Gary Nabhan holds white tepary beans grown at his home in Patagonia, Ariz. Nabhan believes that drought-tolerant teparies could become a solution for growing food in a hotter and drier Arizona.
Arizona farmer Terry Button grew up eating beans in New England.
“I never sit down to eat a little portion of beans,” he said, grinning. “I eat a big bowl of beans.”
They were his favorite food — baked beans, great northern beans, navy beans, lima beans mixed with corn in succotash.
“But we didn’t have tepary beans,” Button said. “Never saw a tepary bean until I got here, and they became my favorite bean.”
The bean thrives on vines even in the hottest months, and packs more protein and other nutrients than its more common relatives, like pinto and kidney beans.
Arizona’s earliest residents grew teparies for thousands of years, but in recent history, the beans were at risk of shriveling into obscurity.
“We have to preserve the past. We have to preserve our traditions,” Button said. “We have to respect the responsibility that we have.”
A family tradition
Button followed his soon-to-be wife Ramona to Arizona in 1972. The two met in South Dakota, where she was a nurse and he had been traveling with a group that performed at powwows.
A friend introduced them because they both spoke the Native American language O’odham.
Ramona Button grew up near Sacaton in the Gila River Indian Community, the daughter of Tohono O’odham and Akimel O’odham parents.
When she was 9 years old, her father started to teach her how he farmed their family’s 10 acres.
“We were poor, lived off of the land, but we were healthy,” she said. “We always had food. We were never hungry.”
They grew chiles, squash, eggplants, watermelons, tomatoes, corn and tepary beans.
The beans come in a spectrum of colors: white, brown, black, and speckled blue like robin’s eggs.
“My father said everything that I’m growing today, it might not exist unless somebody brings it back in,” Ramona Button remembers.
He stashed away beans in a chest, and after he died, Ramona and Terry Button began to grow them alongside cash crops like wheat and barley.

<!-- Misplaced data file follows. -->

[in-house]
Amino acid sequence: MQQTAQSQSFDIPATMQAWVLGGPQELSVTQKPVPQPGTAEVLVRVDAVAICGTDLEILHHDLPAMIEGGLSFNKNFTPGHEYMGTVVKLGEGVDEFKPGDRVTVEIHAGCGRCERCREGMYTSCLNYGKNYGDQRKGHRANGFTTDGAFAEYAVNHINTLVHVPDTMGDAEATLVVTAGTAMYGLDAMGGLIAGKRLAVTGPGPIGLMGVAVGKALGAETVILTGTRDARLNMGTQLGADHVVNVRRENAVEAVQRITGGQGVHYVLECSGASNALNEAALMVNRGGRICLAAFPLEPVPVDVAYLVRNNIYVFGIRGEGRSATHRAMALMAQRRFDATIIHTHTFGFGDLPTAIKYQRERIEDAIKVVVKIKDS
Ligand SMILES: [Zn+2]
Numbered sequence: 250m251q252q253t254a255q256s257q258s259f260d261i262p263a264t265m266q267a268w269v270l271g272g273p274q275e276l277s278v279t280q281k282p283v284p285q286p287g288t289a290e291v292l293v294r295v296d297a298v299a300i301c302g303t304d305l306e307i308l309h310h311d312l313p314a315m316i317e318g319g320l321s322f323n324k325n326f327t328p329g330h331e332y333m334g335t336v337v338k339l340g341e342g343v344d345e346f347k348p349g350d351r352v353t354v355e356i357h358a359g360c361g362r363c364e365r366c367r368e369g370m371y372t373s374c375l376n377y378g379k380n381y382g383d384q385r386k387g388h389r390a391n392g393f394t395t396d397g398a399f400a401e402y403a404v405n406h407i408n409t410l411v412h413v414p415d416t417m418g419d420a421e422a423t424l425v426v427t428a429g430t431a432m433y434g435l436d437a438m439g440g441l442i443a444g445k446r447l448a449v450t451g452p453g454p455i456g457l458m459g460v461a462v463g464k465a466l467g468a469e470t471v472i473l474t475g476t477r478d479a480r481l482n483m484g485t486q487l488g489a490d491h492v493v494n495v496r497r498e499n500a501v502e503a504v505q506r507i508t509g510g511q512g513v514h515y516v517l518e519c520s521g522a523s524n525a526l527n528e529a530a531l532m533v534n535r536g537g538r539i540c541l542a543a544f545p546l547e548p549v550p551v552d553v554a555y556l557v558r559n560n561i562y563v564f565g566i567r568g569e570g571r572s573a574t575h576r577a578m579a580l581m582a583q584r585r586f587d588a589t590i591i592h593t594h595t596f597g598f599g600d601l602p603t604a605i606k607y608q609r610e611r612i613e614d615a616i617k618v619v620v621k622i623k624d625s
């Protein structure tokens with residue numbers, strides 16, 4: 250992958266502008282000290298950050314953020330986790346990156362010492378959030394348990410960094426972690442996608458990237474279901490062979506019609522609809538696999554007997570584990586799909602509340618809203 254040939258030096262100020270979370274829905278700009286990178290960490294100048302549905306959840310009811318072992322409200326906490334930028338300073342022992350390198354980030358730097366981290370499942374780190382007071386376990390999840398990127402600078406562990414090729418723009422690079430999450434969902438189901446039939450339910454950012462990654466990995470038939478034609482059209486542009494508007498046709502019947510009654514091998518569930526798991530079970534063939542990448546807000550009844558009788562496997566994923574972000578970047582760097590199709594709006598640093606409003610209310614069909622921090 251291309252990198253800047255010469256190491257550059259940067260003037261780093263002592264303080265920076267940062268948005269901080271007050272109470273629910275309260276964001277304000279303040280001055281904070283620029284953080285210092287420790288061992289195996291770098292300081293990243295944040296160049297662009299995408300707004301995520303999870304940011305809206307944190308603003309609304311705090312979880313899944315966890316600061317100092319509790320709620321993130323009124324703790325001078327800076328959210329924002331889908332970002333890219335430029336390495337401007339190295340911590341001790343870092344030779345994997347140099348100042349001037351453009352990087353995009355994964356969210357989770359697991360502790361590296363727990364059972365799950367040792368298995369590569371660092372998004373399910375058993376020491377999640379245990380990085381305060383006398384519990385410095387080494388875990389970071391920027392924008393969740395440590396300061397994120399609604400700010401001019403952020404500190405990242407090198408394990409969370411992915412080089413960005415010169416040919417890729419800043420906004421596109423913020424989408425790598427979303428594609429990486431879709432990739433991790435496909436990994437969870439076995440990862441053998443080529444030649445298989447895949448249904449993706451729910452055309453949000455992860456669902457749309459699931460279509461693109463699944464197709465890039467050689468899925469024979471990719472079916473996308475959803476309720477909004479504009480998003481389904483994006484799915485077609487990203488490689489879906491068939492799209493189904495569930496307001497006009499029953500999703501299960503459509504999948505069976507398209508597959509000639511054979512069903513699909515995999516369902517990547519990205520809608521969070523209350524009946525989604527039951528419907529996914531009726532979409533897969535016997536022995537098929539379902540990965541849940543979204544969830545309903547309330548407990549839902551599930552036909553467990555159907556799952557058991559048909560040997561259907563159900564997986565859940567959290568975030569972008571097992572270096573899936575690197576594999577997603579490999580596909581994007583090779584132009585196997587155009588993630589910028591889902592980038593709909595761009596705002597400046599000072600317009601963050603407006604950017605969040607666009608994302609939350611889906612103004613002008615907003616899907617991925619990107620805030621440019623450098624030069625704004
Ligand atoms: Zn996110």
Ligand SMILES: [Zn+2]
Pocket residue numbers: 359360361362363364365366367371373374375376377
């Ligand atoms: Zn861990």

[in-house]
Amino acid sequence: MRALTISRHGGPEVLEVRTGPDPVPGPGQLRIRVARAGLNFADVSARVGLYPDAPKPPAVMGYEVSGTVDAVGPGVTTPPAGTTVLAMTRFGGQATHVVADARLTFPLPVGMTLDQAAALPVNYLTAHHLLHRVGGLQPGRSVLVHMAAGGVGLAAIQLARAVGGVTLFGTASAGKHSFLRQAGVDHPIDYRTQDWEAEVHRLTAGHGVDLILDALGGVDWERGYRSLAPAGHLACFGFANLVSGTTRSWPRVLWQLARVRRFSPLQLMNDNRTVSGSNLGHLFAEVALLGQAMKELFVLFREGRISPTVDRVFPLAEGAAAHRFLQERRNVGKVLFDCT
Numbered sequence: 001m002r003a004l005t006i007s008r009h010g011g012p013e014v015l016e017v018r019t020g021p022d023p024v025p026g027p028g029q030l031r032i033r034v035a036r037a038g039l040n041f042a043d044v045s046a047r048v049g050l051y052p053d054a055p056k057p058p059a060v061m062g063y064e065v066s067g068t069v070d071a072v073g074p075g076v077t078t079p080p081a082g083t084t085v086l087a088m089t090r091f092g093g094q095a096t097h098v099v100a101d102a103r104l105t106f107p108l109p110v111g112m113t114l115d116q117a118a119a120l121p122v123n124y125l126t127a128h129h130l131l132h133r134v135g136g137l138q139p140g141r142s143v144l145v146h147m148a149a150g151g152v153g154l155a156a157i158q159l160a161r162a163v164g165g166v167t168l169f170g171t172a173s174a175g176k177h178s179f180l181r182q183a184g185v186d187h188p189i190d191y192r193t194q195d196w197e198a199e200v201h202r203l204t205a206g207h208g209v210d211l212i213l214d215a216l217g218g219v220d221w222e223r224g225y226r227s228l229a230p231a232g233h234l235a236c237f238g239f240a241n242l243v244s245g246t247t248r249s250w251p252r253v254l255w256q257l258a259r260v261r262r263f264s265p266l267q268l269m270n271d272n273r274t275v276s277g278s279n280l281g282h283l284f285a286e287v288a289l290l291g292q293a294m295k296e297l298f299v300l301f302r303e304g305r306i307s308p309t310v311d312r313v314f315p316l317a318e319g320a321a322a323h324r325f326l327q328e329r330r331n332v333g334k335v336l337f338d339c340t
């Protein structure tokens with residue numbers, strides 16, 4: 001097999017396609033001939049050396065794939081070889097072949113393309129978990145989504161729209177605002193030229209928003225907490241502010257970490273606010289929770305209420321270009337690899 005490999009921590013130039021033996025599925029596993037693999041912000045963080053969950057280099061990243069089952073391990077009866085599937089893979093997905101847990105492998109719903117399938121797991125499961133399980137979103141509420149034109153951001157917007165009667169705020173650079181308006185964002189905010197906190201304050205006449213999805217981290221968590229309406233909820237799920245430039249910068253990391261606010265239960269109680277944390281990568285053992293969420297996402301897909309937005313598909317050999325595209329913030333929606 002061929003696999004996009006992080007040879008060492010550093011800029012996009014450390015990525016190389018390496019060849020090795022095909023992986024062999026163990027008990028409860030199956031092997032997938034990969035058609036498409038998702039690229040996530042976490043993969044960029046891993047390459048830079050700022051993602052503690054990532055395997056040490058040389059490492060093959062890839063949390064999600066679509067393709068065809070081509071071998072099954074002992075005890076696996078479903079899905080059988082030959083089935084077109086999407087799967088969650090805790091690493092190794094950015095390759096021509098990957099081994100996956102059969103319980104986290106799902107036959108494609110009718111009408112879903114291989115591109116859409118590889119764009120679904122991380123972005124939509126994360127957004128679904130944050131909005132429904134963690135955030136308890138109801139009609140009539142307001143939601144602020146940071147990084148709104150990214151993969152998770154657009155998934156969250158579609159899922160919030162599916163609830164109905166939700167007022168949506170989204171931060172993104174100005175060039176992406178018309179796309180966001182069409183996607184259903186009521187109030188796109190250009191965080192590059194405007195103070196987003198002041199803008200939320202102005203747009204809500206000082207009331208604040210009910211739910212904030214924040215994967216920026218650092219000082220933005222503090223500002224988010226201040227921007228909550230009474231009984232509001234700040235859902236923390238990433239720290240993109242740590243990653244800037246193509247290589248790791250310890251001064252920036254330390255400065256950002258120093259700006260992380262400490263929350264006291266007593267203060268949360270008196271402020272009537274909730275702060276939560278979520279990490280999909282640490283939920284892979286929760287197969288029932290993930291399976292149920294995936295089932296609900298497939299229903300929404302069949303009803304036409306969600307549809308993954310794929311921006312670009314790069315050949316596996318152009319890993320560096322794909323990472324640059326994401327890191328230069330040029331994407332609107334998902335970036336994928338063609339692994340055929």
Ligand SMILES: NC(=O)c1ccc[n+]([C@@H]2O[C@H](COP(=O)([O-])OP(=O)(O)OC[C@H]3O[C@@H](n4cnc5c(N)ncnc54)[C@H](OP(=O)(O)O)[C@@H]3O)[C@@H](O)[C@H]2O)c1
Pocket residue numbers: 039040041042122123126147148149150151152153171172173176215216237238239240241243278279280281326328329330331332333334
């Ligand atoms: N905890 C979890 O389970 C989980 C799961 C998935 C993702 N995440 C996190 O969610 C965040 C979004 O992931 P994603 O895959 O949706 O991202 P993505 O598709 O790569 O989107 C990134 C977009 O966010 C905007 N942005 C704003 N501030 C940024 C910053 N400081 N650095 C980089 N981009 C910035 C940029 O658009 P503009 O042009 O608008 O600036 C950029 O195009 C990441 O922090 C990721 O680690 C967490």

Terry Button joined farm industry groups and began to learn about the factors that shape how food is sold.
“The situation that we find ourselves in is a result of unintended consequences of development around the reservation,” he said.
The number of native farmers was shrinking and the proliferation of big-box grocery stores hurt the market for traditional foods.
“We had no connection with the market. We had no way to get the food to the people,” Terry Button said.
More than a cultural relic
Today, we might have referred to the tepary bean in the 1970s as an “endangered” crop.
That’s how farmer, scientist and tepary bean evangelist Gary Paul Nabhan describes them.
Nabhan lives outside Patagonia, Ariz., not far from where he first saw the beans in the wild.
“There’s a way, that I can’t describe in words, where teparies to me taste like the desert itself,” Nabhan said. “They have this nuttiness and this resilience.”
Nabhan began researching the beans for a University of Arizona thesis. In the process, he ended up eating and selling them as a grad student to make ends meet.
Nabhan began researching the beans for a University of Arizona thesis. “There’s a way, that I can’t describe in words, where teparies to me taste like the desert itself,” he says.
“Tepary beans are deeply part of cultures here in the desert,” Nabhan said. “There were over 30 different cultures in Mexico and the United States that grew tepary beans.”
But he thinks the beans are more than just a cultural relic.
Nabhan believes the drought-tolerant teparies could become a solution for growing food in a hotter and drier Arizona. Traditionally, the Tohono O’odham grow teparies on monsoon rains alone.
“I think we’re going to see agriculture of the future looking much more in harmony with the desert rather than always being in struggle with a desert existence,” Nabhan said.